• Presence of necrotic tissue with eschar present or thick slough in the wound bed, which may require debridement prior to initiation of NPWT

How frequently must the dressing systems be changed when using NPWT?

The frequency of dressing changes depends on many factors including the characteristics of the wound and the type of dressing system being used. If an infection is present, it is highly recommended that daily dressing changes be performed. In some cases these types of wounds may require dressing changes on a more frequent basis depending on established clinical protocols and local practices. Heavily exudating wounds may also require more frequent dressing changes. Foam based dressings must be changed every two to three days or more frequently to avoid tissue ingrowth. Tissue ingrowth is an unwanted consequence of negative pressure when used in conjunction with foam without a contact layer. Tissue ingrowth causes pain and bleeding when the foam is removed, causes damage to newly formed tissue and may leave foreign bodies that could cause infections or impede the normal healing process. In contrast, Cutimed Sorbact may be used as a wound filler with less frequent dressing changes without the deleterious effects of ingrowth. In addition, Cutimed Sorbact has sustained antimicrobial activity.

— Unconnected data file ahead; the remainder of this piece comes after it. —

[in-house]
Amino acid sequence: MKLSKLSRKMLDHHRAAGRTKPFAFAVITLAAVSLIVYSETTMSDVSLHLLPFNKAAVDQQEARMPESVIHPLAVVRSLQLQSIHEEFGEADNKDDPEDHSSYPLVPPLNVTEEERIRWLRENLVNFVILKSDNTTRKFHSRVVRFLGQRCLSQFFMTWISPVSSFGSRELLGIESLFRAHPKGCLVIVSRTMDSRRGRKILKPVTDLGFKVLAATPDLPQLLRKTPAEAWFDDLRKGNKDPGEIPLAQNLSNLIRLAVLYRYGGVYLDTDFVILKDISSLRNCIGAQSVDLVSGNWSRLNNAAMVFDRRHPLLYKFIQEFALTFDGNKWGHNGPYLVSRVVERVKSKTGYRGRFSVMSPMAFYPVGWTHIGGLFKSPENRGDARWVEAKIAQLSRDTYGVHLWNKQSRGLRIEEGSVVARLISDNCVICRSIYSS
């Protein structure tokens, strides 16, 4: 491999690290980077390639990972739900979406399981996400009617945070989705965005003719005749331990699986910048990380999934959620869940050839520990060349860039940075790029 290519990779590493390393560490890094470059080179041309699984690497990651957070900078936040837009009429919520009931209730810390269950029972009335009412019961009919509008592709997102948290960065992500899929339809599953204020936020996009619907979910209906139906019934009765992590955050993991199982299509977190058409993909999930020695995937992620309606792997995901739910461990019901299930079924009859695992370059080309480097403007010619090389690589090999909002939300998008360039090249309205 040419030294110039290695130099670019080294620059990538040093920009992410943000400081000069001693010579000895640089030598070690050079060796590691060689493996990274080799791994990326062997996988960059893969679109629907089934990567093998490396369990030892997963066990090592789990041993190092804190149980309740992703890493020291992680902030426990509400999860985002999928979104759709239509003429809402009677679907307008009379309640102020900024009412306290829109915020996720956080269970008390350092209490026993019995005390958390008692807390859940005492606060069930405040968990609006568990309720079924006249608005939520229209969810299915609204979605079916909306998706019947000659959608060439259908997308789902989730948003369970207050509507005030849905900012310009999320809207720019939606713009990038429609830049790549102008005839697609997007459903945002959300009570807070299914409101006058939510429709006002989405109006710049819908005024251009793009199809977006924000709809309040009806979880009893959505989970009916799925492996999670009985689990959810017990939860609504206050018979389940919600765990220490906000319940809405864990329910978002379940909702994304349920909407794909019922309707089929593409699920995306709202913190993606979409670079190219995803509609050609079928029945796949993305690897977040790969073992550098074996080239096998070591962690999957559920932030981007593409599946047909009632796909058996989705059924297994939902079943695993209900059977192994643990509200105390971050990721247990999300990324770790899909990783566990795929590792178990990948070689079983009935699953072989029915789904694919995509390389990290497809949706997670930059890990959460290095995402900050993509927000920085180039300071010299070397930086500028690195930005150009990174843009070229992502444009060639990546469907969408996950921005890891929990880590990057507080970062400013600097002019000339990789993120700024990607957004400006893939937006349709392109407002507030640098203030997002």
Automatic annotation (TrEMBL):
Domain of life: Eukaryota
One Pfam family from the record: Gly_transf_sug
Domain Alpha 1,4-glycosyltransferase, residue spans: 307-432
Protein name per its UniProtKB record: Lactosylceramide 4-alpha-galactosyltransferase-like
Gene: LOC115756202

Benefits IHT NPWT Systems

Control of Exudate
Negative pressure protects the peri-wound surface.
Reduction in the Number of Dressing Changes
This decreases cost, nursing time and creates less disturbance to the wound bed. Fewer dressing changes, while maintaining the integrity of a sealed environment, further decreases the likelihood of wound contamination and infection due to repeated exposure.
Rapid Wound Granulation
Negative pressure stimulates granulation and epithelialisation, resulting in new and healthy tissue growth. The intermittent and continuous positive pressure causes contraction at the margins of the wound, encouraging more rapid wound closure.
Reduced Pain at Dressing Changes
Cutimed Sorbact has been demonstrate to decrease pain on dressing changes, primarily due to less tissue ingrowth that is typically seen with porous foam materials. In one study, 80% of patients indicated that the using the IHT NPWT System was pain free.
Reduces Odor
Improved management of exudate in combination with frequent irrigation of the wound bed with PhaseOne to neutralize toxins and the use of Cutimed Sorbact to sequester pathogens without releasing harmful toxins reduces odor and improves the quality of life for patients with chronic and acute wounds.